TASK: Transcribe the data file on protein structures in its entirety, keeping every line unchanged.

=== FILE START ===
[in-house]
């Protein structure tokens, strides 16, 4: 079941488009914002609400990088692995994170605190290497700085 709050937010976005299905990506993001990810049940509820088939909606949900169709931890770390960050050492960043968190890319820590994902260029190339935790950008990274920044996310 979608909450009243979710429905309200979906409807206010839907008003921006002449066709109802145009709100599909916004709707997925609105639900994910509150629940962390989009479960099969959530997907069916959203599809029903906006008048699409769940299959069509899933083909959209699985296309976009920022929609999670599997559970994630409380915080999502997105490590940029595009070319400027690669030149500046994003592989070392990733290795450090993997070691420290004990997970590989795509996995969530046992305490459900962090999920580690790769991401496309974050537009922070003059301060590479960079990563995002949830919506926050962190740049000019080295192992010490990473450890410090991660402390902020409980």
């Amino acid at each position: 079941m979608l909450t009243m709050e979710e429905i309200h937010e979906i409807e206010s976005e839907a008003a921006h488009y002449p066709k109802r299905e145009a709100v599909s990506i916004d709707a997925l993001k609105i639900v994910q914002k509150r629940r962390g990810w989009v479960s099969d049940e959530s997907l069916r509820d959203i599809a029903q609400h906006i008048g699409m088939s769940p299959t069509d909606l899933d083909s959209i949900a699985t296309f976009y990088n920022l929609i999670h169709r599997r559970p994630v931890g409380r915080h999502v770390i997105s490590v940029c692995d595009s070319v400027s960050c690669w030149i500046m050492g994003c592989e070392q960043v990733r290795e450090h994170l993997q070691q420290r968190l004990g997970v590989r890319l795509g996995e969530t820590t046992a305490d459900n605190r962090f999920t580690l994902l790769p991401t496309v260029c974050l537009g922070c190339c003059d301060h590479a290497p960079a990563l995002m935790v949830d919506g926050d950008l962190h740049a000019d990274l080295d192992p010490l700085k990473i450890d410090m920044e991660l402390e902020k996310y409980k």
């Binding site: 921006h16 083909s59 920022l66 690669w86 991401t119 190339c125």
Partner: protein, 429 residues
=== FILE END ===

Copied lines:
[in-house]
């Protein structure tokens, strides 16, 4: 079941488009914002609400990088692995994170605190290497700085 709050937010976005299905990506993001990810049940509820088939909606949900169709931890770390960050050492960043968190890319820590994902260029190339935790950008990274920044996310 979608909450009243979710429905309200979906409807206010839907008003921006002449066709109802145009709100599909916004709707997925609105639900994910509150629940962390989009479960099969959530997907069916959203599809029903906006008048699409769940299959069509899933083909959209699985296309976009920022929609999670599997559970994630409380915080999502997105490590940029595009070319400027690669030149500046994003592989070392990733290795450090993997070691420290004990997970590989795509996995969530046992305490459900962090999920580690790769991401496309974050537009922070003059301060590479960079990563995002949830919506926050962190740049000019080295192992010490990473450890410090991660402390902020409980």
């Amino acid at each position: 079941m979608l909450t009243m709050e979710e429905i309200h937010e979906i409807e206010s976005e839907a008003a921006h488009y002449p066709k109802r299905e145009a709100v599909s990506i916004d709707a997925l993001k609105i639900v994910q914002k509150r629940r962390g990810w989009v479960s099969d049940e959530s997907l069916r509820d959203i599809a029903q609400h906006i008048g699409m088939s769940p299959t069509d909606l899933d083909s959209i949900a699985t296309f976009y990088n920022l929609i999670h169709r599997r559970p994630v931890g409380r915080h999502v770390i997105s490590v940029c692995d595009s070319v400027s960050c690669w030149i500046m050492g994003c592989e070392q960043v990733r290795e450090h994170l993997q070691q420290r968190l004990g997970v590989r890319l795509g996995e969530t820590t046992a305490d459900n605190r962090f999920t580690l994902l790769p991401t496309v260029c974050l537009g922070c190339c003059d301060h590479a290497p960079a990563l995002m935790v949830d919506g926050d950008l962190h740049a000019d990274l080295d192992p010490l700085k990473i450890d410090m920044e991660l402390e902020k996310y409980k």
């Binding site: 921006h16 083909s59 920022l66 690669w86 991401t119 190339c125």
Partner: protein, 429 residues